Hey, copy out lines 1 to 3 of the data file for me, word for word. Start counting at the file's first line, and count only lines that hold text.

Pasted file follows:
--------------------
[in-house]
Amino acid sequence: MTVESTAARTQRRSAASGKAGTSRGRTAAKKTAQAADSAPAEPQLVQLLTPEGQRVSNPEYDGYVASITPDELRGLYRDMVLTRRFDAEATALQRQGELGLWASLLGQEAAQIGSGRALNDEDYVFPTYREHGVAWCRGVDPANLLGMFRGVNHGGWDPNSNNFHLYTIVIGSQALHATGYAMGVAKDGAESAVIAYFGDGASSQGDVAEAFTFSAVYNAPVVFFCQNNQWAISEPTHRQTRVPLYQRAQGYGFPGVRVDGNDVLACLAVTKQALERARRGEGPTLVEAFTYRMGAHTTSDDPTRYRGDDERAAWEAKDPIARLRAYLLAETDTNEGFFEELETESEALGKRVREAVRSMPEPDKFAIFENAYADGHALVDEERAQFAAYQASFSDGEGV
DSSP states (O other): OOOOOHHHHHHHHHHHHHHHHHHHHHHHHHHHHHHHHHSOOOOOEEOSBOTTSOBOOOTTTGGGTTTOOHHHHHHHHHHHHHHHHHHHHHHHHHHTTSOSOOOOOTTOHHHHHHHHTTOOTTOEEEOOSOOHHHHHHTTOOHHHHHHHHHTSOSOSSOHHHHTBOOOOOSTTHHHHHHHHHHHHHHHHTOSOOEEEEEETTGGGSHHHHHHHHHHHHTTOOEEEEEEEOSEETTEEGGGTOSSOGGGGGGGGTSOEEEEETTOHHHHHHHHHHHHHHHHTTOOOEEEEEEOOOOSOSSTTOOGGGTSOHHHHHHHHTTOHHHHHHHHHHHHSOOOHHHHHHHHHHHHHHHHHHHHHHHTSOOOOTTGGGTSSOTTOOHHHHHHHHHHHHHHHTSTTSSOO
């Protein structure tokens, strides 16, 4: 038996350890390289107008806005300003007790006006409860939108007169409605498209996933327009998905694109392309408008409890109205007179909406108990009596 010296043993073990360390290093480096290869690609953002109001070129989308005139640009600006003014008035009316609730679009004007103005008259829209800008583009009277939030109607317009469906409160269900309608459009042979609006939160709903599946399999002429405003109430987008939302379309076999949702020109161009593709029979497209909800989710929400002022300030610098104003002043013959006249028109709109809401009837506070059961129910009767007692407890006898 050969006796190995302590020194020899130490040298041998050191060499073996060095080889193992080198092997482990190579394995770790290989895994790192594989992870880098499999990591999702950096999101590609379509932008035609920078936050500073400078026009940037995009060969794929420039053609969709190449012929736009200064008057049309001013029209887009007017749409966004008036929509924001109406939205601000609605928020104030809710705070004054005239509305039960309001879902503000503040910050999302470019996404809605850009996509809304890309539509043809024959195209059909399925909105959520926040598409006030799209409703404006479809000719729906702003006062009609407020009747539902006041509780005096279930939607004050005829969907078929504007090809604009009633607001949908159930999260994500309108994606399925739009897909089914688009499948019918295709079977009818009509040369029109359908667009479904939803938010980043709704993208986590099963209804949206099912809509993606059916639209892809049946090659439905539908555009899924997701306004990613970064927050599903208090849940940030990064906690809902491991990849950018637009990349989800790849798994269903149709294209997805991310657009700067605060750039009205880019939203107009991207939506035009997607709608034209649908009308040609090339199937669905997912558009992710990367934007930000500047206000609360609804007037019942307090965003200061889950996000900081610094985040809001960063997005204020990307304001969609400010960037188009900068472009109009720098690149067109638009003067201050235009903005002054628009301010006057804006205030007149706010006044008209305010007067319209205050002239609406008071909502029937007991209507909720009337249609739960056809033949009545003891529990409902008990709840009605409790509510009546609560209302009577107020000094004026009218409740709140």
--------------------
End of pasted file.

[in-house]
Amino acid sequence: MTVESTAARTQRRSAASGKAGTSRGRTAAKKTAQAADSAPAEPQLVQLLTPEGQRVSNPEYDGYVASITPDELRGLYRDMVLTRRFDAEATALQRQGELGLWASLLGQEAAQIGSGRALNDEDYVFPTYREHGVAWCRGVDPANLLGMFRGVNHGGWDPNSNNFHLYTIVIGSQALHATGYAMGVAKDGAESAVIAYFGDGASSQGDVAEAFTFSAVYNAPVVFFCQNNQWAISEPTHRQTRVPLYQRAQGYGFPGVRVDGNDVLACLAVTKQALERARRGEGPTLVEAFTYRMGAHTTSDDPTRYRGDDERAAWEAKDPIARLRAYLLAETDTNEGFFEELETESEALGKRVREAVRSMPEPDKFAIFENAYADGHALVDEERAQFAAYQASFSDGEGV
DSSP states (O other): OOOOOHHHHHHHHHHHHHHHHHHHHHHHHHHHHHHHHHSOOOOOEEOSBOTTSOBOOOTTTGGGTTTOOHHHHHHHHHHHHHHHHHHHHHHHHHHTTSOSOOOOOTTOHHHHHHHHTTOOTTOEEEOOSOOHHHHHHTTOOHHHHHHHHHTSOSOSSOHHHHTBOOOOOSTTHHHHHHHHHHHHHHHHTOSOOEEEEEETTGGGSHHHHHHHHHHHHTTOOEEEEEEEOSEETTEEGGGTOSSOGGGGGGGGTSOEEEEETTOHHHHHHHHHHHHHHHHTTOOOEEEEEEOOOOSOSSTTOOGGGTSOHHHHHHHHTTOHHHHHHHHHHHHSOOOHHHHHHHHHHHHHHHHHHHHHHHTSOOOOTTGGGTSSOTTOOHHHHHHHHHHHHHHHTSTTSSOO